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A Lot or a Little?
What you will—and won't—find in this movie.
The movie makes the point that many people define themselves by their work and by the stuff they buy with the money they earn at work -- and, in doing so, sometimes neglect more important things, including family and loyalty. The characters in this film learn a new set of values after being stripped of the jobs that are, initially, the core of their identities.
Positive Role Models
Some of the executives are notable for their loyalty to their employees, going out of their way to protect jobs and take care of their longtime colleagues. Others are smarmy corporate suits who are happy to take home a fat paycheck while laying off thousands of people in an attempt to boost the company's stock price. While it's clear that loyalty is to be valued, those who lack it still get rich. It's just business.
Violence & Scariness
One man, dispirited and depressed, throws rocks at his former office building.
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Sex, Romance & Nudity
A woman is briefly shown topless after getting out of bed; her naked back is also seen, as are shots of her putting on a bra. Couples are sometimes shown talking in bed, before or after having sex.
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Frequent language includes "s--t," "d--k," "f--k," and "motherf--ker."
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Products & Purchases
Many consumer brands are mentioned or appear on screen, including a Porsche and Titleist golf clubs. One of the film's key themes is the accumulation of expensive consumer products, and some scenes feature people talking about expensive purchases and planning shopping trips.
Drinking, Drugs & Smoking
Some social drinking. Several scenes take place in bars as disheartened, unemployed people drown their frustrations and are sometimes shown quite drunk. One character smokes occasionally.
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Parents Need to Know
Parents need to know that this timely and topical drama -- which focuses on three executives who are forced to reexamine their values after losing their jobs -- is likely to be much more relatable for adults than for teens. There's also some mature content, including brief nudity, a lot of swearing ("s--t," "f--k," and more), and a good deal of drinking (including characters drinking to drown their sorrows). On the up side, characters who are initially invested in the material comforts of an increasingly upscale life learn that loyalty to friends and family is more important than pride. To stay in the loop on more movies like this, you can sign up for weekly Family Movie Night emails.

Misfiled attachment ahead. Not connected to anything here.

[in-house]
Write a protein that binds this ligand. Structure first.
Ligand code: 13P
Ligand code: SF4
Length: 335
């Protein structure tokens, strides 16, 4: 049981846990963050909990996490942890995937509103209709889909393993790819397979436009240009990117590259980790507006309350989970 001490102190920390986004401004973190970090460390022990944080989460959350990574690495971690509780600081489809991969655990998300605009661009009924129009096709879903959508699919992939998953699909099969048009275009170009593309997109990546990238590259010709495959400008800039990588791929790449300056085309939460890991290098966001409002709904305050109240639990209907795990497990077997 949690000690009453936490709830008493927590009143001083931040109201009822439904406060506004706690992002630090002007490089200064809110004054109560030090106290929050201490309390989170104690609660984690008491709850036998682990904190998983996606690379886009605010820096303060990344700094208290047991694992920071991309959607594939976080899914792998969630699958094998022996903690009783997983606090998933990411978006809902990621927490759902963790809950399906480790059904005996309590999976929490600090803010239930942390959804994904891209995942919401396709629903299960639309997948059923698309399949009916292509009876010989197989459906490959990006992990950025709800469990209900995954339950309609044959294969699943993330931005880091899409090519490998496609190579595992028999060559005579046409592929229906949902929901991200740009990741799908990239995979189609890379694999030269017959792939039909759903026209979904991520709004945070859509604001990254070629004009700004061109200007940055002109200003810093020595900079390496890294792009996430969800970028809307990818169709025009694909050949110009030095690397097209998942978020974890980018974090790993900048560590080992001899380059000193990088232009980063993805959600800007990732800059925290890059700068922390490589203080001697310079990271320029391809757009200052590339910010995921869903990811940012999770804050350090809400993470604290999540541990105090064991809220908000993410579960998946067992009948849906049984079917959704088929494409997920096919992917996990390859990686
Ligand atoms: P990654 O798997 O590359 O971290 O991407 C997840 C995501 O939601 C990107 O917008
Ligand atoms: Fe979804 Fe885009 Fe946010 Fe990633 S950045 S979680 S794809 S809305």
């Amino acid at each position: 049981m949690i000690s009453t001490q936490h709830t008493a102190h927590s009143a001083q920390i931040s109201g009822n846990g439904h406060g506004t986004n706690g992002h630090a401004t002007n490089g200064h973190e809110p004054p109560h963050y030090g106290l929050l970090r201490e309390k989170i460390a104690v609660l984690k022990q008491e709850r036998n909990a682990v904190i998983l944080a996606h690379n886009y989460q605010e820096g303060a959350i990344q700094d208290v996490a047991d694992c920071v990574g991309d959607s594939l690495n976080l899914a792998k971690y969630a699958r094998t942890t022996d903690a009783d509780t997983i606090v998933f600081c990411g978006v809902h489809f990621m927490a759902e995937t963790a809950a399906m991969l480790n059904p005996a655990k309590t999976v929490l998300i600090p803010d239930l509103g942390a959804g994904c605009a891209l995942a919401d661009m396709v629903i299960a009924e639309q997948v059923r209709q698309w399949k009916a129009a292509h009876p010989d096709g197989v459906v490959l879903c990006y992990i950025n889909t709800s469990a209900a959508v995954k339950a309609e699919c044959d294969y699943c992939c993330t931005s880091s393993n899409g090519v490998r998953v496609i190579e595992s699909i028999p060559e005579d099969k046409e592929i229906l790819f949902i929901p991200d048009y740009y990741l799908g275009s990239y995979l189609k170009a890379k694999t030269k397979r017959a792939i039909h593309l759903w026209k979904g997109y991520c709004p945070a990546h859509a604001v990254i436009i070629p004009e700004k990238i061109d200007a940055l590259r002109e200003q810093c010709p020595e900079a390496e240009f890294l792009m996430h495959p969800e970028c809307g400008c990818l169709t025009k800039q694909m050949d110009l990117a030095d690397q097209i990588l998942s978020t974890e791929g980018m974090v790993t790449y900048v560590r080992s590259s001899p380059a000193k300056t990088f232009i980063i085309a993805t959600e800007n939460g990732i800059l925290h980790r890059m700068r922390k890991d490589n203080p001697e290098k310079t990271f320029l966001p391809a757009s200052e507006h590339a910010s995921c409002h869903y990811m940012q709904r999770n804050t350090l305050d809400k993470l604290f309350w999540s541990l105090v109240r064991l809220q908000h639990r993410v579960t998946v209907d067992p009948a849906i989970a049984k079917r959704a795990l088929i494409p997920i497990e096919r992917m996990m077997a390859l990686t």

Is It Any Good?
A deeply empathetic film about men and women left unmoored after losing their jobs, it hits the right note. Hollywood sometimes glosses over the true impact of real-life struggles in the service of entertainment; THE COMPANY MEN, thankfully, does not. It tells a story that -- though nearly too tragic yet very familiar -- still needs to be told. Watching it is a sobering experience (and, it has to be said, pretty depressing).
Everyone in the cast plays it right, striking a strong balance between maudlin and true. Affleck begins the movie with a strut and ends it humbled but still standing, and Jones manages to stay sympathetic despite playing a character who, for the most part, is financially untouched by the winds of change. But it's Cooper who's most troubling, standing in for those who are truly devastated. The film may have its inadequacies -- a grating obviousness, for one -- but it's a triumph, nevertheless, for a movie about defeated times.
Did we miss something on diversity?
Research shows a connection between kids' healthy self-esteem and positive portrayals in media. That's why we've added a new "Diverse Representations" section to our reviews that will be rolling out on an ongoing basis. You can help us help kids by suggesting a diversity update.